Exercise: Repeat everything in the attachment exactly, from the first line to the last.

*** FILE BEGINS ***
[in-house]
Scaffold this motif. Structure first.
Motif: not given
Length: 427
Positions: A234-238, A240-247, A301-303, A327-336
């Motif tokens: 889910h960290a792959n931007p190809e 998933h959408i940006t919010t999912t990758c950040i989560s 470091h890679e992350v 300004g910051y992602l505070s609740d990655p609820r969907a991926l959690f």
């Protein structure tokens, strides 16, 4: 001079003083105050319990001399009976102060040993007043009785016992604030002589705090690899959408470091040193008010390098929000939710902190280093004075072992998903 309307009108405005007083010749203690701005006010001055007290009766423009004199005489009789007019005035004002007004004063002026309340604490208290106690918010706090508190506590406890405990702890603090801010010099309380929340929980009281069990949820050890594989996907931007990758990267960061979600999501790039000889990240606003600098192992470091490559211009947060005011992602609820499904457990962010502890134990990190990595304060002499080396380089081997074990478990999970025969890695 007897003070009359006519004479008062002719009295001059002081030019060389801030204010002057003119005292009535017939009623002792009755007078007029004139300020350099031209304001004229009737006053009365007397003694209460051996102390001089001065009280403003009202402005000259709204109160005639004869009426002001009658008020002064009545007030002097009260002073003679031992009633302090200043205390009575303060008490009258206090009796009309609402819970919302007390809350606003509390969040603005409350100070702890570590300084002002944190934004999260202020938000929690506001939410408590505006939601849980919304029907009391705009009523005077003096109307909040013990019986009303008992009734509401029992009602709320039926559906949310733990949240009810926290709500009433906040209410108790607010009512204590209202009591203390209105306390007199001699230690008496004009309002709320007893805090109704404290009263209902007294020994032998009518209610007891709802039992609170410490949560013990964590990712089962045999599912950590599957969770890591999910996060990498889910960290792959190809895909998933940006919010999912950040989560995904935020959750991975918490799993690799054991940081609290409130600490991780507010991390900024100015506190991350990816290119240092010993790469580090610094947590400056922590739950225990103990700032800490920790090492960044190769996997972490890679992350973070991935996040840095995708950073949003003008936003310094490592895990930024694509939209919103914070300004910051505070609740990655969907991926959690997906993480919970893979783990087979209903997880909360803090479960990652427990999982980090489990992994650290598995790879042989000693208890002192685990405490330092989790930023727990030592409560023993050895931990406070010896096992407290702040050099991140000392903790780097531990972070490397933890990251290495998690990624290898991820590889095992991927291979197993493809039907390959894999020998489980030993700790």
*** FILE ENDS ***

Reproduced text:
[in-house]
Scaffold this motif. Structure first.
Motif: not given
Length: 427
Positions: A234-238, A240-247, A301-303, A327-336
């Motif tokens: 889910h960290a792959n931007p190809e 998933h959408i940006t919010t999912t990758c950040i989560s 470091h890679e992350v 300004g910051y992602l505070s609740d990655p609820r969907a991926l959690f």
């Protein structure tokens, strides 16, 4: 001079003083105050319990001399009976102060040993007043009785016992604030002589705090690899959408470091040193008010390098929000939710902190280093004075072992998903 309307009108405005007083010749203690701005006010001055007290009766423009004199005489009789007019005035004002007004004063002026309340604490208290106690918010706090508190506590406890405990702890603090801010010099309380929340929980009281069990949820050890594989996907931007990758990267960061979600999501790039000889990240606003600098192992470091490559211009947060005011992602609820499904457990962010502890134990990190990595304060002499080396380089081997074990478990999970025969890695 007897003070009359006519004479008062002719009295001059002081030019060389801030204010002057003119005292009535017939009623002792009755007078007029004139300020350099031209304001004229009737006053009365007397003694209460051996102390001089001065009280403003009202402005000259709204109160005639004869009426002001009658008020002064009545007030002097009260002073003679031992009633302090200043205390009575303060008490009258206090009796009309609402819970919302007390809350606003509390969040603005409350100070702890570590300084002002944190934004999260202020938000929690506001939410408590505006939601849980919304029907009391705009009523005077003096109307909040013990019986009303008992009734509401029992009602709320039926559906949310733990949240009810926290709500009433906040209410108790607010009512204590209202009591203390209105306390007199001699230690008496004009309002709320007893805090109704404290009263209902007294020994032998009518209610007891709802039992609170410490949560013990964590990712089962045999599912950590599957969770890591999910996060990498889910960290792959190809895909998933940006919010999912950040989560995904935020959750991975918490799993690799054991940081609290409130600490991780507010991390900024100015506190991350990816290119240092010993790469580090610094947590400056922590739950225990103990700032800490920790090492960044190769996997972490890679992350973070991935996040840095995708950073949003003008936003310094490592895990930024694509939209919103914070300004910051505070609740990655969907991926959690997906993480919970893979783990087979209903997880909360803090479960990652427990999982980090489990992994650290598995790879042989000693208890002192685990405490330092989790930023727990030592409560023993050895931990406070010896096992407290702040050099991140000392903790780097531990972070490397933890990251290495998690990624290898991820590889095992991927291979197993493809039907390959894999020998489980030993700790």